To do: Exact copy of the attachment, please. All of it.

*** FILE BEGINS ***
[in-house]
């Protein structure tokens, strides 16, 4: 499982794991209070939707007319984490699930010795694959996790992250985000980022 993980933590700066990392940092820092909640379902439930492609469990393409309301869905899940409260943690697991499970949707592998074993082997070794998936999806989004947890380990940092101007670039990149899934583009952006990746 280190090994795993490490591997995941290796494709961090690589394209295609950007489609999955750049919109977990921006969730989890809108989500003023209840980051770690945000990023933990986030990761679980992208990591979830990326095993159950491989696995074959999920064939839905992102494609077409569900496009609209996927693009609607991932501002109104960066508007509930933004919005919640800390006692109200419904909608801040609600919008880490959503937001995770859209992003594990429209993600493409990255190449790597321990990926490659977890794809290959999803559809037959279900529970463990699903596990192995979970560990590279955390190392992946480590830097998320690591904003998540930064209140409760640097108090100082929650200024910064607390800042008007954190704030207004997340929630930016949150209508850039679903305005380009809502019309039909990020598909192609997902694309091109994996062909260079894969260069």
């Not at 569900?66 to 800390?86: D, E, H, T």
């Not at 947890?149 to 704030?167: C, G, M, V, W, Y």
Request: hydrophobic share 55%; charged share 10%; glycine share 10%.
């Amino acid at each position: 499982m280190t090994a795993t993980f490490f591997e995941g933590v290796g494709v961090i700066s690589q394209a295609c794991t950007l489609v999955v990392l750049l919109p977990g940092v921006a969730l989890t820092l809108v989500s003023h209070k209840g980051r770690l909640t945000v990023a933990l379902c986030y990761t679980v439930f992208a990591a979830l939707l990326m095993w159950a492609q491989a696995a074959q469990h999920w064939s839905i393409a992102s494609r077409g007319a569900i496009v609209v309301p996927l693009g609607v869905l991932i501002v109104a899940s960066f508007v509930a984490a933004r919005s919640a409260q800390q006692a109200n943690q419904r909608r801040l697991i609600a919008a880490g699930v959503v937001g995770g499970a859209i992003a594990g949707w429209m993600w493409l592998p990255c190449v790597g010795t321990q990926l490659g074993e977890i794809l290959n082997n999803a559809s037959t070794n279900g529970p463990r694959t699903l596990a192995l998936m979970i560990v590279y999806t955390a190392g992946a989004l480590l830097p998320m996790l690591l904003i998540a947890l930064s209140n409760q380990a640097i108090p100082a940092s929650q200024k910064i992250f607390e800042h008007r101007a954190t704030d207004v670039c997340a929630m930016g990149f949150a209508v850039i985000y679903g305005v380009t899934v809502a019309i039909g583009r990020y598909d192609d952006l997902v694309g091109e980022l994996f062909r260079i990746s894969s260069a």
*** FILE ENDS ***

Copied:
[in-house]
């Protein structure tokens, strides 16, 4: 499982794991209070939707007319984490699930010795694959996790992250985000980022 993980933590700066990392940092820092909640379902439930492609469990393409309301869905899940409260943690697991499970949707592998074993082997070794998936999806989004947890380990940092101007670039990149899934583009952006990746 280190090994795993490490591997995941290796494709961090690589394209295609950007489609999955750049919109977990921006969730989890809108989500003023209840980051770690945000990023933990986030990761679980992208990591979830990326095993159950491989696995074959999920064939839905992102494609077409569900496009609209996927693009609607991932501002109104960066508007509930933004919005919640800390006692109200419904909608801040609600919008880490959503937001995770859209992003594990429209993600493409990255190449790597321990990926490659977890794809290959999803559809037959279900529970463990699903596990192995979970560990590279955390190392992946480590830097998320690591904003998540930064209140409760640097108090100082929650200024910064607390800042008007954190704030207004997340929630930016949150209508850039679903305005380009809502019309039909990020598909192609997902694309091109994996062909260079894969260069």
């Not at 569900?66 to 800390?86: D, E, H, T």
């Not at 947890?149 to 704030?167: C, G, M, V, W, Y």
Request: hydrophobic share 55%; charged share 10%; glycine share 10%.
């Amino acid at each position: 499982m280190t090994a795993t993980f490490f591997e995941g933590v290796g494709v961090i700066s690589q394209a295609c794991t950007l489609v999955v990392l750049l919109p977990g940092v921006a969730l989890t820092l809108v989500s003023h209070k209840g980051r770690l909640t945000v990023a933990l379902c986030y990761t679980v439930f992208a990591a979830l939707l990326m095993w159950a492609q491989a696995a074959q469990h999920w064939s839905i393409a992102s494609r077409g007319a569900i496009v609209v309301p996927l693009g609607v869905l991932i501002v109104a899940s960066f508007v509930a984490a933004r919005s919640a409260q800390q006692a109200n943690q419904r909608r801040l697991i609600a919008a880490g699930v959503v937001g995770g499970a859209i992003a594990g949707w429209m993600w493409l592998p990255c190449v790597g010795t321990q990926l490659g074993e977890i794809l290959n082997n999803a559809s037959t070794n279900g529970p463990r694959t699903l596990a192995l998936m979970i560990v590279y999806t955390a190392g992946a989004l480590l830097p998320m996790l690591l904003i998540a947890l930064s209140n409760q380990a640097i108090p100082a940092s929650q200024k910064i992250f607390e800042h008007r101007a954190t704030d207004v670039c997340a929630m930016g990149f949150a209508v850039i985000y679903g305005v380009t899934v809502a019309i039909g583009r990020y598909d192609d952006l997902v694309g091109e980022l994996f062909r260079i990746s894969s260069a």